Internet giant agrees to give Android users a choice of default search engines.

Google this week agreed to allow rival search engines to be pre-installed on Android phones sold in Russia.

The concession is part of a settlement of a two-year-long dispute between Google parent Alphabet and Russia’s Federal Antimonopoly Service (FAS).

In September 2015, Russia concluded that Google’s practice of prohibiting device makers from pre-installing applications that compete with its own was in violation of the country’s competition law.

Under the deal, announced on Monday, Google has agreed to stop demanding that Android phone makers exclusively pre-install Google applications, and that they are placed on the device’s home screen.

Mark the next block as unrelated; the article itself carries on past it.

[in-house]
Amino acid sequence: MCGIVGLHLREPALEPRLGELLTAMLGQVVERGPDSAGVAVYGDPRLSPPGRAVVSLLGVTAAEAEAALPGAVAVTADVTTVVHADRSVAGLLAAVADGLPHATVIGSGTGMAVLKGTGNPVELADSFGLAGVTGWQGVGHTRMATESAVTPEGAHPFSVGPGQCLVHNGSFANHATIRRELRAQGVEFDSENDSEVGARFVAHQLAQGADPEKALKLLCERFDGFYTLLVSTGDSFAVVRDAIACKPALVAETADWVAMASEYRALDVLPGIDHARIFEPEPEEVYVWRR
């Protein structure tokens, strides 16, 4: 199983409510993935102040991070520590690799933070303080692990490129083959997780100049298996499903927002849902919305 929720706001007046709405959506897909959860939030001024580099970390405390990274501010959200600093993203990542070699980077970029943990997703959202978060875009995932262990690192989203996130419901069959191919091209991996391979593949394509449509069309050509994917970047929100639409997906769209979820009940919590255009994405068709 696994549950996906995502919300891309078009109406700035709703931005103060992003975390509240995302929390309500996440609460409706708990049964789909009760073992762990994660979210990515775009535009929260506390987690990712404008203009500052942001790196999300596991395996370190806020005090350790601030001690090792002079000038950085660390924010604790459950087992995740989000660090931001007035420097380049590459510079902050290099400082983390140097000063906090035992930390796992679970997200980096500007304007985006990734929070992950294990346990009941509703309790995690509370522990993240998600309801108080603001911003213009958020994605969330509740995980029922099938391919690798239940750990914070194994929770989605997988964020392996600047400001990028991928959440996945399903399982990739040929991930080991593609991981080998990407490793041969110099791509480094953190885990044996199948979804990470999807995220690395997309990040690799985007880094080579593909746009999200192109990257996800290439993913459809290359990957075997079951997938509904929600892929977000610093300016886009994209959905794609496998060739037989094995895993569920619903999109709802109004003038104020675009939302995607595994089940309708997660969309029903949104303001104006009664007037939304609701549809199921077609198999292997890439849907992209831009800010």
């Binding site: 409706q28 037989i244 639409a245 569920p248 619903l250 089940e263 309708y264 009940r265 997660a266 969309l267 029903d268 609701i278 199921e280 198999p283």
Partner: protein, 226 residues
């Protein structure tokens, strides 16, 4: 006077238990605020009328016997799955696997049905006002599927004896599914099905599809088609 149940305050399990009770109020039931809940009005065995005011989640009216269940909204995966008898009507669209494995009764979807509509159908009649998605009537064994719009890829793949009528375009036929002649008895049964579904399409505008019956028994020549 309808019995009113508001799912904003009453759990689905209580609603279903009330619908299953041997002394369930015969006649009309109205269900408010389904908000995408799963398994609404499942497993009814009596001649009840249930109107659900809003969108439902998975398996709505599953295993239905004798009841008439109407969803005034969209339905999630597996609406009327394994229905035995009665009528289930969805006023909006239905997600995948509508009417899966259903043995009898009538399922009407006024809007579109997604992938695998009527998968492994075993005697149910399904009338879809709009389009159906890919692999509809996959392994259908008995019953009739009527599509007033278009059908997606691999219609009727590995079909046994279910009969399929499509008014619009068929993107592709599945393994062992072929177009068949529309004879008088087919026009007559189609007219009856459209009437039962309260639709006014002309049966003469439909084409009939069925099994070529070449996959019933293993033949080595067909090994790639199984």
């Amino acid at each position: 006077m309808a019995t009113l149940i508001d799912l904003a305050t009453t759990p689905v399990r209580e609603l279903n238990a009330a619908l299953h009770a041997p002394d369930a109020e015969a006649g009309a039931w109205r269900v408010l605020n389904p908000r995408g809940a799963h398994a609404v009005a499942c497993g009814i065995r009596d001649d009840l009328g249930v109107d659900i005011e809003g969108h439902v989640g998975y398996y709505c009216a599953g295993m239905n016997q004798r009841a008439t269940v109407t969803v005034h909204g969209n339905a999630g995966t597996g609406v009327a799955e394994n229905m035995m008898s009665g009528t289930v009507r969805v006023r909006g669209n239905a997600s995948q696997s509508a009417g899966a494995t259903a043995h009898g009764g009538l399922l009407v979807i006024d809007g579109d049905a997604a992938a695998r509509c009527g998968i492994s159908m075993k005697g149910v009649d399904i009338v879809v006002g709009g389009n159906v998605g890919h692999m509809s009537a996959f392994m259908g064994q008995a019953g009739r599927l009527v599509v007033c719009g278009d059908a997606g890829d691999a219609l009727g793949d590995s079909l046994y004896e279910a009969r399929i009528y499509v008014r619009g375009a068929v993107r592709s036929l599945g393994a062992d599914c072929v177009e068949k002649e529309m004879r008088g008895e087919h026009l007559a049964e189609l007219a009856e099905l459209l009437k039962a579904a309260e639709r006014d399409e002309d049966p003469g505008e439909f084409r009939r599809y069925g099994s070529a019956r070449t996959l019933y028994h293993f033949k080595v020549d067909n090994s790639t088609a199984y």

Instead, Google will develop – within a few months – a new Chrome widget that will replace the standard Google search widget on the home screen. When the user first launches it, they will be given a ‘choice screen’ listing a selection of default search engines.

"This choice screen enables users to choose Yandex search or Google search or any other search engine of those developers who will sign a commercial agreement on their inclusion to the choice screen," FAS said.

Users will be able to update their default search settings at any time. Google has agreed to roll out the changes to existing Android users as an update.

"This makes the applications pre-installation channel on mobile devices open for application developers who will get equal rights and opportunities to access the devices on the territory of the Russian Federation," said FAS.

As part of Monday’s settlement, Google has agreed to pay a fine totalling 438.07 million roubles (€7.29 million).

"Apart from restoring conditions for competition in the market of mobile applications, the implementation of the settlement will enable consumers to buy devices with the software that better corresponds to their expectations," FAS said.